State Rep. Carl Sciortino will be the new executive director of Jamaica Plain-based AIDS Action Committee of Massachusetts, and will resign from office April 4 to take the job, the nonprofit announced today.
Sciortino is openly gay and is living with HIV, he said in a press release. He takes over for Rebecca Haag, who led the organization for more than 10 years and oversaw its 2009 move from downtown to 75 Amory Ave. in JP.
Founded in 1983, AIDS Action describes itself as New England’s first and largest AIDS service organization. It also operates the popular local Boomerangs thrift store.
Sciortino, a Medford resident, currently represents the Somerville and Medford areas in the 34th Middlesex District. AIDS Action did not announce why Haag is leaving.
“As a gay man living with HIV, I am honored to lead one of the country’s oldest and most effective organizations in the battle against this disease which has raged on over 30 years,” said Sciortino in a press release. “My goal for AIDS Action in the years ahead is simple: continue the work that has resulted in lowering the rate of new HIV diagnoses in Massachusetts; provide the multitude of services needed to keep those living with HIV/AIDS connected with health care providers; and continue the public conversation about HIV needed to reduce the stigma that is still so closely associated with this disease.”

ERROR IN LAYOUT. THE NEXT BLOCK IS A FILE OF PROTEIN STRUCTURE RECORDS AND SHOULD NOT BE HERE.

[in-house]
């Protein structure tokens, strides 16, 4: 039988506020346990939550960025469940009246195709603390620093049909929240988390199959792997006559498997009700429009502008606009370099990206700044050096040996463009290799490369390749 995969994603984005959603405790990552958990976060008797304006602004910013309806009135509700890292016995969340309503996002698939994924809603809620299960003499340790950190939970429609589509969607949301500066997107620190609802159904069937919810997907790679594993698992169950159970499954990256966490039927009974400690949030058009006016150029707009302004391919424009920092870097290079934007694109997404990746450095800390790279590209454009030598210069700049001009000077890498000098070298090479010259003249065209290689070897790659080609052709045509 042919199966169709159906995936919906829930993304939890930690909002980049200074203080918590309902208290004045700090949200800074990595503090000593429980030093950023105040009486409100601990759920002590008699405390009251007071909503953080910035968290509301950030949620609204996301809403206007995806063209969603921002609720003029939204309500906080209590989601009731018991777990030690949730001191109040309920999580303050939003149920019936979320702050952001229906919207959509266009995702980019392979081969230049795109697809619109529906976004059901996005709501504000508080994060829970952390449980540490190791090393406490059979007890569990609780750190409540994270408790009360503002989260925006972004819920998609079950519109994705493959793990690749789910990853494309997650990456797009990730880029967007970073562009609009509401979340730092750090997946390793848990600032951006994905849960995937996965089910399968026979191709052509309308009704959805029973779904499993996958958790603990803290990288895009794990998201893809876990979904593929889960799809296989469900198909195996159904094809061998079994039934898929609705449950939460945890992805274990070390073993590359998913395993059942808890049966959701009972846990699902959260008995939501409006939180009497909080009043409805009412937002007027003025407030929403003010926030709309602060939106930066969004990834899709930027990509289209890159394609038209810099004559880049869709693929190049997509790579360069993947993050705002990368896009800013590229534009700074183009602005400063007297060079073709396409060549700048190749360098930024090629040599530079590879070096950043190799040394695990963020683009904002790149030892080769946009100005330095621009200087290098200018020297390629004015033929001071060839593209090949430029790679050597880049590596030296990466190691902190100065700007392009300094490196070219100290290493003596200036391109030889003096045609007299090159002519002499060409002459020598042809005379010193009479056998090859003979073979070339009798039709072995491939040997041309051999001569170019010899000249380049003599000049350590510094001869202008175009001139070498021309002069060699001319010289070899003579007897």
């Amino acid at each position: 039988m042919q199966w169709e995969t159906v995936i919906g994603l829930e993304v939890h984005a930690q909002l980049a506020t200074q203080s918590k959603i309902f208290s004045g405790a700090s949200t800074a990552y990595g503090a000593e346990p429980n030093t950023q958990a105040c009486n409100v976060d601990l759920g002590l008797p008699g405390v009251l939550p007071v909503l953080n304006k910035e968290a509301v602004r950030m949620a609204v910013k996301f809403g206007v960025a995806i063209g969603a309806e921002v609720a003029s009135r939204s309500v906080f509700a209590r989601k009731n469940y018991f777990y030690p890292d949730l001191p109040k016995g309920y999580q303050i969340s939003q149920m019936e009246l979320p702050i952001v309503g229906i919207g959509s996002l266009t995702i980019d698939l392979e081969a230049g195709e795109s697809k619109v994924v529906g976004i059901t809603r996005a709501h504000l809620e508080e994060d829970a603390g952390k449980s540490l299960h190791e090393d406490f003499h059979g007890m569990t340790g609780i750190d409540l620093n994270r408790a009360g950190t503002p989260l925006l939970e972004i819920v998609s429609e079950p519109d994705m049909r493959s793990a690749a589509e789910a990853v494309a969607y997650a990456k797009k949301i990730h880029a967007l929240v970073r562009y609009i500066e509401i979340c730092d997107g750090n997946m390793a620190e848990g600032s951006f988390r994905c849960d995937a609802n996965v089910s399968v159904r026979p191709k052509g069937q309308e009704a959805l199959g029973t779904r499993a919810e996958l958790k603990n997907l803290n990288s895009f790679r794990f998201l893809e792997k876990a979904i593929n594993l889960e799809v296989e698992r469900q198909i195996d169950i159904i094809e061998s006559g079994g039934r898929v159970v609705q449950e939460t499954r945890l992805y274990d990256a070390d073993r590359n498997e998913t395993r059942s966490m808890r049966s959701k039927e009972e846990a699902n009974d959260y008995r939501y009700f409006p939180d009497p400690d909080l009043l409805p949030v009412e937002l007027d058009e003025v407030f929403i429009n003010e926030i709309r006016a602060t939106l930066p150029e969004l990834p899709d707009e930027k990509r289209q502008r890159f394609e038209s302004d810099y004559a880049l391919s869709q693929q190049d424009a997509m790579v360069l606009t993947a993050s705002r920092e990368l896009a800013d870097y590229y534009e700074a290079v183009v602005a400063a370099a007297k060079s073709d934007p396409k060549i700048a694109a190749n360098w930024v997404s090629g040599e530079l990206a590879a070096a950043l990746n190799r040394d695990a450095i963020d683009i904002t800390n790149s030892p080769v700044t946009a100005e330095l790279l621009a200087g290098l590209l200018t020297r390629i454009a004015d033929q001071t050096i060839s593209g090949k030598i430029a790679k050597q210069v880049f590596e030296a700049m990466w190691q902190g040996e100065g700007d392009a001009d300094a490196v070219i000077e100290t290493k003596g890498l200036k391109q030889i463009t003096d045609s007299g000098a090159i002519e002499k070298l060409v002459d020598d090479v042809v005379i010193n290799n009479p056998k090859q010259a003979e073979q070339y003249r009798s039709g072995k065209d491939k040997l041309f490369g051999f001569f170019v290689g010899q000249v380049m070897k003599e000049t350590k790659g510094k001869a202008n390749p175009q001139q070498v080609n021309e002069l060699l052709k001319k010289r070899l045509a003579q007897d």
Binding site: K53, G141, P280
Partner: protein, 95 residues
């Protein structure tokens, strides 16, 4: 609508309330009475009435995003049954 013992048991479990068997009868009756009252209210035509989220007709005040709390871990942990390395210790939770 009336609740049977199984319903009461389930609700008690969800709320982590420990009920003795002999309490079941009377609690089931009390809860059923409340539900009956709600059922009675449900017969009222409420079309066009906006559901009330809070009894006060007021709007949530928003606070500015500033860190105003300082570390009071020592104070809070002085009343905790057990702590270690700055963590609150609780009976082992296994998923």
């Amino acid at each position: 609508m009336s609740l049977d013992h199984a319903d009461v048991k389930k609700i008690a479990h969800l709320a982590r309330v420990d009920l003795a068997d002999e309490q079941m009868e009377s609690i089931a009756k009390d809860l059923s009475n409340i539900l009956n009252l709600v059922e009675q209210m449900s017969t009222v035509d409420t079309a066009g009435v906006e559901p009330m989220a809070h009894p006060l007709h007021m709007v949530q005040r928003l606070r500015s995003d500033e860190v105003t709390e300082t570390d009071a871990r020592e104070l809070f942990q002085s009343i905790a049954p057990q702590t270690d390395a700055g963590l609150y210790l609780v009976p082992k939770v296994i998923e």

“Carl’s entire career has been defined by his work on social justice issues and his advocacy on behalf of those infected, affected, and at risk for HIV,” said Douglas Spencer, chair of the AIDS Action board of directors. “Even with health reform and better access to care, there is still much to do to prevent the spread of HIV and ensure access to care and treatment for all of those who are infected. Carl will lead us into a new era in which we can finally win the battle against HIV and look forward to an AIDS-free generation.”
“Carl has been an invaluable legislative and advocacy partner over the last decade,” Haag said in a press release. “He is uniquely positioned to advance the state and national conversation around treatment and care of those living with chronic conditions, and the need for health care reform to pay for the vital support services necessary to keep treatment costs sustainable.”